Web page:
Unsure of which disease you are dealing with? Here we provide images and characteristics that best describe Pink Snow Mold, Grey Snow Mold and Spring Dead Spot to better help you identify and control unslightly disease on your turf.
Pink snow mold is a disease that may affect all cool-season turfgrasses, but appears to be most damaging to creeping bentgrass and annual bluegrass on golf courses. The disease is caused by a fungal pathogen, Microdochium nivale, that blights leaves but is not reported to affect roots and crowns. Snow is not required for the development of this disease.
On short-mown golf turf, pink snow mold symptoms include well-defined, circular patch clusters. On creeping bentgrass greens, streaks of off-colored turf that follow the green’s surface drainage patterns may appear during the spring. During cool, wet conditions, white-pink mycelium may be observed on infected leaf blades.
Gray Snow Mold disease occur during winter and/or late spring under snow cover. Gray snow mold disease affect turfgrasses in northern United States.
This disease is usually noticed first as the snow melts in the spring. It is commonly found in those turf areas of greatest snow accumulation, such as along driveways or over the brink of a hill where snow drifts tend to accumulate. The most notable symptoms are white crusted areas of grass in which blades are dead, bleached, and matted together. These bleached areas range from several inches to several feet across. The chief diagnostic feature of gray snow mold is the presence of hard pinhead-sized fungal bodies called sclerotia. These light to dark brown sclerotia are embedded in the leaves and crowns of the infected grass plants.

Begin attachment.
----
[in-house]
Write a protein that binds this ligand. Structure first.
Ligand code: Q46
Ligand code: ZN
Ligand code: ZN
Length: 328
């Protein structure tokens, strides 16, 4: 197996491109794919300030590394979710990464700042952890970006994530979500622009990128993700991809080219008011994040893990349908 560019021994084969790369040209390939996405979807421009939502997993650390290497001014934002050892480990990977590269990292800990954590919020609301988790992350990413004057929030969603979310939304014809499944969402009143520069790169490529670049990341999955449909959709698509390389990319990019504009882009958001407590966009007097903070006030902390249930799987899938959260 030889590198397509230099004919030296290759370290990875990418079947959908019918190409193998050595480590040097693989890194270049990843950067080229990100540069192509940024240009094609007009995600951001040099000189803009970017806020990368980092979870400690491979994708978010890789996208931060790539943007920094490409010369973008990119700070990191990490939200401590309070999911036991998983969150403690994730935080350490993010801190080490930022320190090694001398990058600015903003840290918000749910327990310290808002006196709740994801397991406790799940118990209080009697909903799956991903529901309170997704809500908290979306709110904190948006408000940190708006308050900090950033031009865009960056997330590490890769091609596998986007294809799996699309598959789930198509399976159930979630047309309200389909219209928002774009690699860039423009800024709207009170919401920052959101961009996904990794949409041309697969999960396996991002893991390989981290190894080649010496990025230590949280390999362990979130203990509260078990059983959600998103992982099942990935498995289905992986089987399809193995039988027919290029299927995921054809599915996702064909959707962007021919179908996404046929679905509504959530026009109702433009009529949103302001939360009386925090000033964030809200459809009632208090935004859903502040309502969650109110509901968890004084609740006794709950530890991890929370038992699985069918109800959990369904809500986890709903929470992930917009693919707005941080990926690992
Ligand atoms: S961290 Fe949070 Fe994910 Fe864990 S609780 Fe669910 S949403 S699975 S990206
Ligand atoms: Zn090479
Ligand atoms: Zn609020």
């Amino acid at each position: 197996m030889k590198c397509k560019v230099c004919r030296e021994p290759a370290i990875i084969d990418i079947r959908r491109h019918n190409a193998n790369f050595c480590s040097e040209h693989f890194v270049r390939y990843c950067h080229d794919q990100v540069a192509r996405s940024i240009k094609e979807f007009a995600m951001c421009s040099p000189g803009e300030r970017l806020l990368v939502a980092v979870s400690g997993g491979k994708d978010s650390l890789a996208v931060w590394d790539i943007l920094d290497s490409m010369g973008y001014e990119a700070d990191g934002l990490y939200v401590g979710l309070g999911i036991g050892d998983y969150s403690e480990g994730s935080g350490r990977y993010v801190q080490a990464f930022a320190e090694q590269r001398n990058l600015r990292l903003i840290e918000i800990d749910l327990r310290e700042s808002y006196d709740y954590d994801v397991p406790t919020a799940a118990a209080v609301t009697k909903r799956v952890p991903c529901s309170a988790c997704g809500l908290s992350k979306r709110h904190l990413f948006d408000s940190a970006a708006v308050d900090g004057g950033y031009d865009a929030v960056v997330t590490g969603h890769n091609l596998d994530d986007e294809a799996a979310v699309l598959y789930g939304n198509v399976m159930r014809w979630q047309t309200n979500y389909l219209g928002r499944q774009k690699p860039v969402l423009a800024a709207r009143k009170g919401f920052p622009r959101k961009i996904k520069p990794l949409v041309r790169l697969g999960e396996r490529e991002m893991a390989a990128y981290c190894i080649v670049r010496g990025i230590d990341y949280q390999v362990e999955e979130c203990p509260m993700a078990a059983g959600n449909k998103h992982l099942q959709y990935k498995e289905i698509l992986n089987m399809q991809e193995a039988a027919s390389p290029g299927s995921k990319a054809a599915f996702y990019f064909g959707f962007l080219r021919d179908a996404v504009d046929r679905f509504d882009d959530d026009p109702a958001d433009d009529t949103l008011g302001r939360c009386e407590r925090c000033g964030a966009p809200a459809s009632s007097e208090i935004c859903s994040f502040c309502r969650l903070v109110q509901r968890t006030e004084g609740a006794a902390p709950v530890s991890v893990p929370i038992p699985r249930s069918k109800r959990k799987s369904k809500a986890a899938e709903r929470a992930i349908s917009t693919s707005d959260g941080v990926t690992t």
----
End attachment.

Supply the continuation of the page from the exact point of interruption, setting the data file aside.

Spring dead spot (SDS) is the most serious disease of bermudagrass and is caused by any of three closely related fungal pathogens in the genus Ophiosphaerella. SDS is a root disease that kills individual plants, thins turf stands, and increases vulnerability to weed infestation. Outbreaks tend to be more severe on intensively maintained bermudagrass on golf courses and athletic fields.
SDS forms well-de fined circular patches of blighted turf that begin to appear as bermudagrass emerges from dormancy in the spring. Leaves of affected plants exhibit die-back symptoms — that is, leaf decay begins at leaf tips and progresses toward the crown. As infection progresses, roots and stolons turn black.
Technical Services Manager, Certified Professional Agronomist